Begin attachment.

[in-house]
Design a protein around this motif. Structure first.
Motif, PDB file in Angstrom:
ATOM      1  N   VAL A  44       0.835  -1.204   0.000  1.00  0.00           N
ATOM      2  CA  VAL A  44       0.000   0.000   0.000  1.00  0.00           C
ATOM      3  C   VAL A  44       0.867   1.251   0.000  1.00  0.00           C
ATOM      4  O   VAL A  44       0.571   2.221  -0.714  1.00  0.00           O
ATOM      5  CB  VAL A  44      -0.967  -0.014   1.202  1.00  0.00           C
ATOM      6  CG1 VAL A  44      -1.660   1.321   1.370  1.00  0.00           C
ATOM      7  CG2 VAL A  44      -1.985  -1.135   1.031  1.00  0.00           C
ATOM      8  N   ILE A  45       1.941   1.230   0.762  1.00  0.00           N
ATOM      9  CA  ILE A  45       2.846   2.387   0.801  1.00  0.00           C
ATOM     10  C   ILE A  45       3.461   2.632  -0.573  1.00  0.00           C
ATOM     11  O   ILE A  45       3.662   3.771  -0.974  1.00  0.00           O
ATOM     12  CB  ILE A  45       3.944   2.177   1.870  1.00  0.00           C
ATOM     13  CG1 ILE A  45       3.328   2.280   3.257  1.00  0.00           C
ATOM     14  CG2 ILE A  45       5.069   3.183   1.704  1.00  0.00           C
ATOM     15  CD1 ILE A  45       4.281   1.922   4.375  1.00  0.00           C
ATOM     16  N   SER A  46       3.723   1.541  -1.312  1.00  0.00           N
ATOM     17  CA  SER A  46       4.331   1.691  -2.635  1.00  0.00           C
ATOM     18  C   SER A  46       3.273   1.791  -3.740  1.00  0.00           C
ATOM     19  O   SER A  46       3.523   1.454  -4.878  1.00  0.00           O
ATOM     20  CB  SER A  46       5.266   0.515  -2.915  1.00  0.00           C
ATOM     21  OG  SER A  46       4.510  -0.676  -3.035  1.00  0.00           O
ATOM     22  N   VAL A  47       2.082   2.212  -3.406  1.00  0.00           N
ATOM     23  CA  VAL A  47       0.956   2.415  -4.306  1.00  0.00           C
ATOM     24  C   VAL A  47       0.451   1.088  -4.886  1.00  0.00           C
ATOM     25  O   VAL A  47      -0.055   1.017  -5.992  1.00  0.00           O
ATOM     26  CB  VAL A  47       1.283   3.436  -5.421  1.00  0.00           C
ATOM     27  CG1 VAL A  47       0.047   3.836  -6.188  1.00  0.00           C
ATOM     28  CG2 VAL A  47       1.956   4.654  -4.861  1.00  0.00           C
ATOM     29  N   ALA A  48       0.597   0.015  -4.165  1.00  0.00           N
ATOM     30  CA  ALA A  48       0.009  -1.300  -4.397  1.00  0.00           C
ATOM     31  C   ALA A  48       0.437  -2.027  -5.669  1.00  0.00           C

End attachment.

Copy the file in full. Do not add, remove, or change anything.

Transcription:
[in-house]
Design a protein around this motif. Structure first.
Motif, PDB file in Angstrom:
ATOM      1  N   VAL A  44       0.835  -1.204   0.000  1.00  0.00           N
ATOM      2  CA  VAL A  44       0.000   0.000   0.000  1.00  0.00           C
ATOM      3  C   VAL A  44       0.867   1.251   0.000  1.00  0.00           C
ATOM      4  O   VAL A  44       0.571   2.221  -0.714  1.00  0.00           O
ATOM      5  CB  VAL A  44      -0.967  -0.014   1.202  1.00  0.00           C
ATOM      6  CG1 VAL A  44      -1.660   1.321   1.370  1.00  0.00           C
ATOM      7  CG2 VAL A  44      -1.985  -1.135   1.031  1.00  0.00           C
ATOM      8  N   ILE A  45       1.941   1.230   0.762  1.00  0.00           N
ATOM      9  CA  ILE A  45       2.846   2.387   0.801  1.00  0.00           C
ATOM     10  C   ILE A  45       3.461   2.632  -0.573  1.00  0.00           C
ATOM     11  O   ILE A  45       3.662   3.771  -0.974  1.00  0.00           O
ATOM     12  CB  ILE A  45       3.944   2.177   1.870  1.00  0.00           C
ATOM     13  CG1 ILE A  45       3.328   2.280   3.257  1.00  0.00           C
ATOM     14  CG2 ILE A  45       5.069   3.183   1.704  1.00  0.00           C
ATOM     15  CD1 ILE A  45       4.281   1.922   4.375  1.00  0.00           C
ATOM     16  N   SER A  46       3.723   1.541  -1.312  1.00  0.00           N
ATOM     17  CA  SER A  46       4.331   1.691  -2.635  1.00  0.00           C
ATOM     18  C   SER A  46       3.273   1.791  -3.740  1.00  0.00           C
ATOM     19  O   SER A  46       3.523   1.454  -4.878  1.00  0.00           O
ATOM     20  CB  SER A  46       5.266   0.515  -2.915  1.00  0.00           C
ATOM     21  OG  SER A  46       4.510  -0.676  -3.035  1.00  0.00           O
ATOM     22  N   VAL A  47       2.082   2.212  -3.406  1.00  0.00           N
ATOM     23  CA  VAL A  47       0.956   2.415  -4.306  1.00  0.00           C
ATOM     24  C   VAL A  47       0.451   1.088  -4.886  1.00  0.00           C
ATOM     25  O   VAL A  47      -0.055   1.017  -5.992  1.00  0.00           O
ATOM     26  CB  VAL A  47       1.283   3.436  -5.421  1.00  0.00           C
ATOM     27  CG1 VAL A  47       0.047   3.836  -6.188  1.00  0.00           C
ATOM     28  CG2 VAL A  47       1.956   4.654  -4.861  1.00  0.00           C
ATOM     29  N   ALA A  48       0.597   0.015  -4.165  1.00  0.00           N
ATOM     30  CA  ALA A  48       0.009  -1.300  -4.397  1.00  0.00           C
ATOM     31  C   ALA A  48       0.437  -2.027  -5.669  1.00  0.00           C